The Atom

Everything About Fiction You Never Wanted to Know.
Pratt (left) and Palmer (right)

The Atom is a DC Comics superhero character, best known for being "the tiny one in the Justice League" (because of his shrinking powers - he's usually 6 inches tall.) He has starred in his own series many times. (Should not be confused with Captain Atom. Or Atom Smasher. Or a plain atom.)

Actually, there have been three superheroes named "The Atom". The first was Al Pratt. He first appeared in All-American Comics #19 (October, 1940). Created by Ben Flinton and Bill O'Conner. Pratt is a short guy who gets a boost in confidence after being trained in boxing, so he becomes the masked hero, The Atom (because he's small but powerful, get it?) He had no actual superpowers, but was instead a Badass Normal. (It was later retconned that exposure to radiation gave him super strength.) His series continued appearing All-American Comics until its 72nd issue (April, 1946). He was a founding member of the Justice Society, appearing in most of its adventures between 1940 and to 1951. He got a second series of his own in the backpages of Flash Comics. Lasting from issues #80 to #104 (February, 1947-February, 1949). The character went into hiatus in 1953, but was revived in 1963 along with other Justice Society members. He became the father of the superhero Damage and the godfather of the superhero Nuklon.

The second Atom was introduced during the Silver Age of comics and had nothing in common with the first other than the name. He first appeared in Showcase #34 (September, 1961), created by Gardner Fox and Gil Kane. Ray Palmer was a physicist who found a meteor made of "white dwarf star matter" that had shrinking powers (white dwarfs are "compressed" stars and so smaller than normal) so he used it to create a costume that gave him the power to shrink (all the way to subatomic size!) and also change his weight. Despite these unlikely powers he became a successful hero and joined the Justice League. Palmer is also known for having one of the worst romantic lives of any superhero: Jean Loring, his long-time girlfriend (then wife) not only cheated on him, she later went insane and even later became a supervillain. At one point Palmer had a series of Low Fantasy adventures in the Amazon Jungle involving a tribe of really tiny humans (in the Sword of the Atom miniseries.)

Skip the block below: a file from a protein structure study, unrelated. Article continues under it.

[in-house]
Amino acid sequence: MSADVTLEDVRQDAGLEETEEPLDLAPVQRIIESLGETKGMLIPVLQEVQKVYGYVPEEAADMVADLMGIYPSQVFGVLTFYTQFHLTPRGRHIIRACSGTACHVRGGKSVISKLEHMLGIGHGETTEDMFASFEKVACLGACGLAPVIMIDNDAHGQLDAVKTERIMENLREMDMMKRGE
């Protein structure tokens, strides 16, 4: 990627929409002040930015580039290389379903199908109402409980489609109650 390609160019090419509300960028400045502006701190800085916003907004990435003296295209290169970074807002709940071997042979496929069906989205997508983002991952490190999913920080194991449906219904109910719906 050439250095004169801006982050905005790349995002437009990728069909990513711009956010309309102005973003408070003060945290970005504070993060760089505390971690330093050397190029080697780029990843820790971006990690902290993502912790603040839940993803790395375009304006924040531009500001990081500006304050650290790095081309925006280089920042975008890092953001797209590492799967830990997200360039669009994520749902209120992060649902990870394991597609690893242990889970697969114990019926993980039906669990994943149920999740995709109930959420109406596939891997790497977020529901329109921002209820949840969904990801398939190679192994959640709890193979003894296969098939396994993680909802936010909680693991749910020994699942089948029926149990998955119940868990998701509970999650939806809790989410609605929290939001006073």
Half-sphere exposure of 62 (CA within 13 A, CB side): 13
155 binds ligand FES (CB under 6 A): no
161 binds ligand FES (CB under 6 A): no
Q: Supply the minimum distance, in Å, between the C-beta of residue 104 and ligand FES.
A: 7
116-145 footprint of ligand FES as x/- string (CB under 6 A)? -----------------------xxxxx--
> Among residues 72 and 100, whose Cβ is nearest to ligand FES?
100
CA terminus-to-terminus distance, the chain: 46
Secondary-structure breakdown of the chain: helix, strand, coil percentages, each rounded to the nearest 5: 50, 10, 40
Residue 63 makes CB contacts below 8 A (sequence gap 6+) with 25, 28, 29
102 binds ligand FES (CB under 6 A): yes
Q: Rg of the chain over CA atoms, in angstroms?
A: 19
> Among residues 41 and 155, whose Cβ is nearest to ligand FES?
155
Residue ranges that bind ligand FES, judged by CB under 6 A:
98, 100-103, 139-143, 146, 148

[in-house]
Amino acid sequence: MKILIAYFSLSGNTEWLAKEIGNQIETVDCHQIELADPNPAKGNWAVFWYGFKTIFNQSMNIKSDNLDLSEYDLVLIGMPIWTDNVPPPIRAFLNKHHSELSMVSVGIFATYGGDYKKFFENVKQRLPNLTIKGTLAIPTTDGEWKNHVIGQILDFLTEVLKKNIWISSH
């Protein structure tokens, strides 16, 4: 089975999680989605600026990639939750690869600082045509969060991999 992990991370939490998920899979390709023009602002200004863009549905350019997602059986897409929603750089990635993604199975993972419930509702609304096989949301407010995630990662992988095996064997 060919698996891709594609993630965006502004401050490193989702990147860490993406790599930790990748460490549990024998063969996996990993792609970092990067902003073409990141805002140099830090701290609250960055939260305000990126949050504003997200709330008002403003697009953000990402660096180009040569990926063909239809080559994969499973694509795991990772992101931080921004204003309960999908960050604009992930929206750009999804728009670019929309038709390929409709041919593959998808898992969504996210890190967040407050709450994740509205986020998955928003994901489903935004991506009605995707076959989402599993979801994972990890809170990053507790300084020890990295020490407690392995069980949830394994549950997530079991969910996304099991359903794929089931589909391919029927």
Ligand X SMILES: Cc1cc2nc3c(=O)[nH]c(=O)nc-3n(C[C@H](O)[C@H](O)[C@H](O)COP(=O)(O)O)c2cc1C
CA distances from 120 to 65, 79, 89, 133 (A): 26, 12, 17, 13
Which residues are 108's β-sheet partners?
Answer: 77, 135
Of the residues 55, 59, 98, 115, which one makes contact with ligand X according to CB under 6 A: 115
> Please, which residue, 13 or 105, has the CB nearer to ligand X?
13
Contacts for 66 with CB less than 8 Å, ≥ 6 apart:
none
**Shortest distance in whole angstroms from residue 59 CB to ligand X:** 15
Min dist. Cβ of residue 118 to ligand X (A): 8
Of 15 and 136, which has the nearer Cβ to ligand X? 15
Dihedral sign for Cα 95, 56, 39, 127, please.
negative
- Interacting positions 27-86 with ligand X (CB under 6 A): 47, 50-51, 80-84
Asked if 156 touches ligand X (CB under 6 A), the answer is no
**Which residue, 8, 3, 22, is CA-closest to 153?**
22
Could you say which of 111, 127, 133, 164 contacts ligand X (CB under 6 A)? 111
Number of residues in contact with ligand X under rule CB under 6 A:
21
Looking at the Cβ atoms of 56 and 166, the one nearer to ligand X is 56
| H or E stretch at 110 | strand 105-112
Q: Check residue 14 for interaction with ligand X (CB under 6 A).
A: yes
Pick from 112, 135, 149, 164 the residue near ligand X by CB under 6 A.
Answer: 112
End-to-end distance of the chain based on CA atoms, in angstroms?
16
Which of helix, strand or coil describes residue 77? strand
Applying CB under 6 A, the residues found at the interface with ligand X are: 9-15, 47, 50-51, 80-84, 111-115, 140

The Palmer Atom got a regular series, named Atom in July, 1962. It lasted in its original format to issue #38 (August, 1968). He was then paired up with Hawkman, for the remaining issues of his series. Atom and Hawkman lasted from issue #39 to #45 (October, 1968-October, 1969). Then the series was cancelled. Palmer got a 4-issue mini-series called Sword of the Atom (September - December, 1983). Three Sword of the Atom special issues appeared between 1984 and 1988. Palmer then got a regular series, Power of the Atom. Which lasted 18 issues, from August, 1988 to November, 1989. After that the character mostly had regular appearances in team books and crossovers.

The third Atom was Ryan Choi, an Asian American scientist who inherited Palmer's costume after he disappeared following the events of Identity Crisis. He first appeared in the one-shot DCU: Brave New World (2006), created by Gail Simone and Grant Morrison. He starred in his own series for 25 issues (September, 2006-September, 2008). He was then unceremoniously killed off, to the chagrin of his fans. Choi's death sparked a major controversy, and in 2011, it was announced that it would be undone and that he would star as the Atom in the high profile Justice League relaunch written by Geoff Johns and drawn by Jim Lee. Palmer appears as a major supporting character in Frankenstein: Agent of S.H.A.D.E., without the Atom identity.

The Ryan Choi Atom is the one most often seen in the Batman: The Brave And The Bold show, though Palmer also appeared in one episode (that was in fact based on the Sword Of The Atom series). Ray Palmer was the one in Justice League Unlimited, and referenced in Justice League (regular).

For completeness, we should mention Adam Cray, a senator's son who temporarily used Ray Palmer's belt and Atom codename in the Suicide Squad series. He too was killed off.

The Atom provides examples of the following tropes: